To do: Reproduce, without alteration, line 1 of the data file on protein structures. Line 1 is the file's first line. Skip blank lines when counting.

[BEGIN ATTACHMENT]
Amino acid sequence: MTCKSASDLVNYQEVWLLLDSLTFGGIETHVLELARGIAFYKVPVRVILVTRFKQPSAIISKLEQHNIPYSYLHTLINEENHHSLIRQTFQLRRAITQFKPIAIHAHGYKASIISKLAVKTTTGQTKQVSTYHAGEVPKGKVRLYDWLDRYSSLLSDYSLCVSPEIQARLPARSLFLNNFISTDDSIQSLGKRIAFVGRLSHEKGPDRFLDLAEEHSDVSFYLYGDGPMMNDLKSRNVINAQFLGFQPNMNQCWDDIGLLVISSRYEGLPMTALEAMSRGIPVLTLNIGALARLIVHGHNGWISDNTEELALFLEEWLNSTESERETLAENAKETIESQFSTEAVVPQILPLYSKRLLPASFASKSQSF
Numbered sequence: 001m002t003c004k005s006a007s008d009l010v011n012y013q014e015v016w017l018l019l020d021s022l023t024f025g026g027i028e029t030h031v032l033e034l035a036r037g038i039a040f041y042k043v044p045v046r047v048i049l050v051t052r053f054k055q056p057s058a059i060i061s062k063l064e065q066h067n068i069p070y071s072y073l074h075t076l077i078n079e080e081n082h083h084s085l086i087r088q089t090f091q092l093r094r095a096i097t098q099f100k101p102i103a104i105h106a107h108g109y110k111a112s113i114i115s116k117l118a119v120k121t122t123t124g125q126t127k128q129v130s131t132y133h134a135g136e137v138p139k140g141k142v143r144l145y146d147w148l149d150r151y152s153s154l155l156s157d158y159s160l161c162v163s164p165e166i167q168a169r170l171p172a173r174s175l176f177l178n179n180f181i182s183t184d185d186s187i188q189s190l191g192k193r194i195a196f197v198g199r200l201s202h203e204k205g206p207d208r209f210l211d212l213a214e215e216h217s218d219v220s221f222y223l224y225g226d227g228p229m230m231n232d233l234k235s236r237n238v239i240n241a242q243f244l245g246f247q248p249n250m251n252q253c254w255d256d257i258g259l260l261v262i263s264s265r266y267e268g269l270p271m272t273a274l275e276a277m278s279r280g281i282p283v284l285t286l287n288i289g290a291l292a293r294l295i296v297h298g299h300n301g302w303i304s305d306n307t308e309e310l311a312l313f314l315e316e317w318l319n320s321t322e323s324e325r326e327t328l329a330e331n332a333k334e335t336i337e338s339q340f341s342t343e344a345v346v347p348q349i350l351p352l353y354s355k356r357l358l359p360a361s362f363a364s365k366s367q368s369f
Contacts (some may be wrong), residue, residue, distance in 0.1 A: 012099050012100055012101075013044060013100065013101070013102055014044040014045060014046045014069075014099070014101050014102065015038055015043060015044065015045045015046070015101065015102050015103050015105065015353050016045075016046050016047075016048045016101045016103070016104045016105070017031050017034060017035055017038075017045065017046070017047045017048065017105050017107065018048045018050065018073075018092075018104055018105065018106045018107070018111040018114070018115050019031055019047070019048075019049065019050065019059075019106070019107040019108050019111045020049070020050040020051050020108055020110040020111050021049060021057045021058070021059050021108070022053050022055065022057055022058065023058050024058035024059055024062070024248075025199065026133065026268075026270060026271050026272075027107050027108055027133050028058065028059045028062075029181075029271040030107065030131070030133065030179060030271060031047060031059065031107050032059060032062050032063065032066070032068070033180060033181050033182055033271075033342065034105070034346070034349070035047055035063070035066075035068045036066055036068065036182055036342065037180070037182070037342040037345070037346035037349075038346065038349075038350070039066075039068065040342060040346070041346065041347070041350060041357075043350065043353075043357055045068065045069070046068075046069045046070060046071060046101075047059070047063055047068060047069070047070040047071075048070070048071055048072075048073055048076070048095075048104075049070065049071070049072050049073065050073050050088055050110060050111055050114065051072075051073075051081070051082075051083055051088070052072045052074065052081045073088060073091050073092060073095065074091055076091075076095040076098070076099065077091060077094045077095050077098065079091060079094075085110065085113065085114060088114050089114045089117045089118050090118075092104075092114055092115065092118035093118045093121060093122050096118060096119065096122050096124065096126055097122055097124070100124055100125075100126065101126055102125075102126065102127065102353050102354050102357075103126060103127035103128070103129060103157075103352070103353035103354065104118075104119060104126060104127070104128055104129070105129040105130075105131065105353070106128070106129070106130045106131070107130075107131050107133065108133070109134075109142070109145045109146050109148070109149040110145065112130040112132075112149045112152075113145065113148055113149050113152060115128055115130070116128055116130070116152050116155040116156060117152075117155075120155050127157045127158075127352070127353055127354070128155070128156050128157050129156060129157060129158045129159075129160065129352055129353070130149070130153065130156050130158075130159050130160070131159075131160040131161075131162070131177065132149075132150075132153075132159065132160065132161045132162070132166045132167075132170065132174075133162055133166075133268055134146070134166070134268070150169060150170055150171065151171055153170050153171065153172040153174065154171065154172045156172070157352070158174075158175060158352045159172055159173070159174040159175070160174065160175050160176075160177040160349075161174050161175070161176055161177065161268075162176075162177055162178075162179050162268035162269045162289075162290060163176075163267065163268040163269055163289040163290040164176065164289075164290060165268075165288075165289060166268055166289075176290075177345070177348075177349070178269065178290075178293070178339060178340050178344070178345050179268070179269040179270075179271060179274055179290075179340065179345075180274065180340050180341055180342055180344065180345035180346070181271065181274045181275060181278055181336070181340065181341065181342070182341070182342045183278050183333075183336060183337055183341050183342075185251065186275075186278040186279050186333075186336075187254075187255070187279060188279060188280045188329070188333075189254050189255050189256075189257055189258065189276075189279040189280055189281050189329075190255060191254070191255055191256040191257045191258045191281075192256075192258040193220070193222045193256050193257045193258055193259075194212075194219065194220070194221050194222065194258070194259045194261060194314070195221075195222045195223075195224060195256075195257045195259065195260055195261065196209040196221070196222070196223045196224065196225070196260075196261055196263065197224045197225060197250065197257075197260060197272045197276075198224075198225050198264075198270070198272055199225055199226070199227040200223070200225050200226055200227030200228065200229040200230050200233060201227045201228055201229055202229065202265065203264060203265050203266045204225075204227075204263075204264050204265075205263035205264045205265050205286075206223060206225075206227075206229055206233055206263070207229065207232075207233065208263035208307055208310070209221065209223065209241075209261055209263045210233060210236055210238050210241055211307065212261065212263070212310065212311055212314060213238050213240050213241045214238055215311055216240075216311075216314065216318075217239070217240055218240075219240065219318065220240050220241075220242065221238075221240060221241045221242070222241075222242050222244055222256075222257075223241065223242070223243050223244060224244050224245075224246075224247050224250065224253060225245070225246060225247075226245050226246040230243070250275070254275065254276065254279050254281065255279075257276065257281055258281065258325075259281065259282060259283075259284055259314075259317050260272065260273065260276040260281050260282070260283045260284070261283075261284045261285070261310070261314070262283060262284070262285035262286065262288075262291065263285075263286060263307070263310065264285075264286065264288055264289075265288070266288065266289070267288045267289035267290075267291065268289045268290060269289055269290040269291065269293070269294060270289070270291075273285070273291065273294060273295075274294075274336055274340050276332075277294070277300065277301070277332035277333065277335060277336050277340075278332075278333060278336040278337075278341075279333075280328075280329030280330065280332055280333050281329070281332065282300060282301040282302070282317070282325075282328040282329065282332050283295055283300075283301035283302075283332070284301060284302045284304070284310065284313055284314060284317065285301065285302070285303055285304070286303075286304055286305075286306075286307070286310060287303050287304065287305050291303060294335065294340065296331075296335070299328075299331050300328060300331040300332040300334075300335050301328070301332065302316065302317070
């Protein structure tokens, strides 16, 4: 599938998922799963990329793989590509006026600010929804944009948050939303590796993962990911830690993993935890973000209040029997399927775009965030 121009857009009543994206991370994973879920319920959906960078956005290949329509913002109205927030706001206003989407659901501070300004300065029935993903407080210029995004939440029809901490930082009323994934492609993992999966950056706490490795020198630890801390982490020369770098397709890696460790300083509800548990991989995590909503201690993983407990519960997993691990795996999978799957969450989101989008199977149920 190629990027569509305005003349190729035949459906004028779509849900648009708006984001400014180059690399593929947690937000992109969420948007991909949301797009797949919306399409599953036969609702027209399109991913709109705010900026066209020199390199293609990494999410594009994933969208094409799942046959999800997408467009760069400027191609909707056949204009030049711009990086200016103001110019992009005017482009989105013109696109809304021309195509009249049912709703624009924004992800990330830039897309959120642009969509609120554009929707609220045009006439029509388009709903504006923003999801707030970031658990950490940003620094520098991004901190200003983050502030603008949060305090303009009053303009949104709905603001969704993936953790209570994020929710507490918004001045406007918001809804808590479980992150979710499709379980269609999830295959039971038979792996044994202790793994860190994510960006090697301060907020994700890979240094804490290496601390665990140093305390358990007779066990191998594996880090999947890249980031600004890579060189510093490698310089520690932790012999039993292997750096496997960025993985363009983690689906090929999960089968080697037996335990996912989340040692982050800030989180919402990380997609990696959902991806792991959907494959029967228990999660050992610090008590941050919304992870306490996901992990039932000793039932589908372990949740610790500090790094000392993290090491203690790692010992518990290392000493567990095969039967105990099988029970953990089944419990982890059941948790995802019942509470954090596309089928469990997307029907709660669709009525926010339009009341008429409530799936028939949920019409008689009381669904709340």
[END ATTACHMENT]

Amino acid sequence: MTCKSASDLVNYQEVWLLLDSLTFGGIETHVLELARGIAFYKVPVRVILVTRFKQPSAIISKLEQHNIPYSYLHTLINEENHHSLIRQTFQLRRAITQFKPIAIHAHGYKASIISKLAVKTTTGQTKQVSTYHAGEVPKGKVRLYDWLDRYSSLLSDYSLCVSPEIQARLPARSLFLNNFISTDDSIQSLGKRIAFVGRLSHEKGPDRFLDLAEEHSDVSFYLYGDGPMMNDLKSRNVINAQFLGFQPNMNQCWDDIGLLVISSRYEGLPMTALEAMSRGIPVLTLNIGALARLIVHGHNGWISDNTEELALFLEEWLNSTESERETLAENAKETIESQFSTEAVVPQILPLYSKRLLPASFASKSQSF